Analytical Methods:Point Counting


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SASSA Home PageAnalytical Methods Home PageSpecialist TechniquesMicromorphology ⇒ Point Counting

[edit] Point Counting

Standard micromorphological description is a qualitative or at best semi-quantitative technique. The frequency of soil components are estimated by reference to standard guides as a percentage of surface area. However, this approach is open to bias and is sensitive to issues such as the magnification chosen. To provide the quantitative data required for statistical comparison of different sections and soils a range of quantitative methods have been devised. Image analysis systems have been used but require specialist image capture hardware and analytical software. Another approach is point counting.

At its simplest point counting consists of a grid of squares laid over the slide and the feature lying directly below each intersection is recorded. Once all intersections have been recorded the number of points at which particular features (voids, organic matter, charcoal etc.) are summed to produce relative frequency data (e.g. Davidson et al. 2004). The choice of the size of grid and the level of magnification are crucial to the success of this technique. they should be based on the size and frequency of the features of interest and the need to analyse sufficient numbers of datapoints to make the results statistically valid. Other approaches have included dividing the slide into squares and estimating the frequency of different soil components within each square, thus analysing the whole slide whilst obtaining an estimate of variability (e.g. Chrystall, 1997).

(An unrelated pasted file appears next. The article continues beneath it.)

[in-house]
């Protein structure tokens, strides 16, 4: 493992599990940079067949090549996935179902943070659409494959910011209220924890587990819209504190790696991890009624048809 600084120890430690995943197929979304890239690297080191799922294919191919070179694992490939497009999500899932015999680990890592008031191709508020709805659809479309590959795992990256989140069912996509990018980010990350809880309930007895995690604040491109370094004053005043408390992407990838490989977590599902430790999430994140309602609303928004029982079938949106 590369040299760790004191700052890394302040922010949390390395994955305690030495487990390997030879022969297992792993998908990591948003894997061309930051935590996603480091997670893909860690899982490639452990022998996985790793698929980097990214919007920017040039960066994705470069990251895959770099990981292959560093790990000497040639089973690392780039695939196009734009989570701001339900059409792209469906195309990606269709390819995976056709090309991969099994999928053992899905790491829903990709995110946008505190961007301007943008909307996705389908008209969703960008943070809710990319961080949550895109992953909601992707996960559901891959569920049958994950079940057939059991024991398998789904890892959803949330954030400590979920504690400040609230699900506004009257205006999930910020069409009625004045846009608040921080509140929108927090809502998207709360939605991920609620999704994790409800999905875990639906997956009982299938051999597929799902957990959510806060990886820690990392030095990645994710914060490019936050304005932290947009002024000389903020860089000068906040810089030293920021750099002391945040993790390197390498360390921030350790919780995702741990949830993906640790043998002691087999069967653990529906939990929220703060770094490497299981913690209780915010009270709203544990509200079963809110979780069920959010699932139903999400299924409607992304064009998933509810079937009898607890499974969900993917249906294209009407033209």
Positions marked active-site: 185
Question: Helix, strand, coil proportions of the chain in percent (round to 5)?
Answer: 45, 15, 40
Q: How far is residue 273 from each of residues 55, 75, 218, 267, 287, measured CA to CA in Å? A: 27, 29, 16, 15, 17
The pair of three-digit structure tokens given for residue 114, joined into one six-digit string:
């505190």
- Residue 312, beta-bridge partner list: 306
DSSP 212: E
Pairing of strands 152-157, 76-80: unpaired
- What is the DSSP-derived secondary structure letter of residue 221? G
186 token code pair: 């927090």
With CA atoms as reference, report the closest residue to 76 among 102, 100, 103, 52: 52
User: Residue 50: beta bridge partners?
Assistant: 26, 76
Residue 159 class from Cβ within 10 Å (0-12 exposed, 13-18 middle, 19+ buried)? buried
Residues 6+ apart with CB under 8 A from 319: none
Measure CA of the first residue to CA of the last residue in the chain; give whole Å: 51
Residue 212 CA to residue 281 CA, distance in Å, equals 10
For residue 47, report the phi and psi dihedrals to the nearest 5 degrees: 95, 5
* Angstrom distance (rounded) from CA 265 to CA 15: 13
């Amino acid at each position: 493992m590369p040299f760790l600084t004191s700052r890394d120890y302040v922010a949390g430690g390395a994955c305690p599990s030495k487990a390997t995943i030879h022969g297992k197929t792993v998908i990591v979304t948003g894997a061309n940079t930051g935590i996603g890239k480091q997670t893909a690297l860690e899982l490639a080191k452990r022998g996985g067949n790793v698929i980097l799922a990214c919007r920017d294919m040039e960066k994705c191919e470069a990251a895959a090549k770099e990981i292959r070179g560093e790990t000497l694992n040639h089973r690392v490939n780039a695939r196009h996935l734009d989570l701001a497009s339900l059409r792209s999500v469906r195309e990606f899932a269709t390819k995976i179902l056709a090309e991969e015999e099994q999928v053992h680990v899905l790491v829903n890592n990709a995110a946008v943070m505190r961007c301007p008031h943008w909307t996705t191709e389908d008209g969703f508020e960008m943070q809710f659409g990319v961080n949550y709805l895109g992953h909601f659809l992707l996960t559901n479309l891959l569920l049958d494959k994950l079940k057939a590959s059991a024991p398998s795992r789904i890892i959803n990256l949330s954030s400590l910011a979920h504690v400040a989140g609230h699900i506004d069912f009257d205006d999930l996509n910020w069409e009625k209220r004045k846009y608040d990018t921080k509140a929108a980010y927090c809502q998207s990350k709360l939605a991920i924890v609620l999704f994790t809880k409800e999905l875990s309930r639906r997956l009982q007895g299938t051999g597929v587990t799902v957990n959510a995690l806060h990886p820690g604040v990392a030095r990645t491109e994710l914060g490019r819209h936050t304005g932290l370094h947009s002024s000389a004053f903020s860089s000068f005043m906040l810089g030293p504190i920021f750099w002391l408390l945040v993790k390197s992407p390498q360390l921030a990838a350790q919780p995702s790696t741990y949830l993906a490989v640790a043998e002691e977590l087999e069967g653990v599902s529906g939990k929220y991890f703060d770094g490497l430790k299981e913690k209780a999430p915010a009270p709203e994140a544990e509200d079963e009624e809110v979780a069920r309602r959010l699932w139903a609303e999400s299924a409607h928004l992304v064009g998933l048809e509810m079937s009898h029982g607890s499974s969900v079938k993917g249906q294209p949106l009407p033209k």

[edit] References

  • Chrystall, F. (1997) Soil Micromorphology and spatial interpretation of Mediaeval agricultural landscapes. Unpublished, PhD thesis, University of Stirling.
  • Davidson, D.A. , Bruneau, P.M.C., Grieve, I.C., and Wilson, C.A. (2004) Micromorphological assessment of the effect of liming on faunal excrement in an upland grassland soil. Applied Soil Ecology, 26, 169-177.

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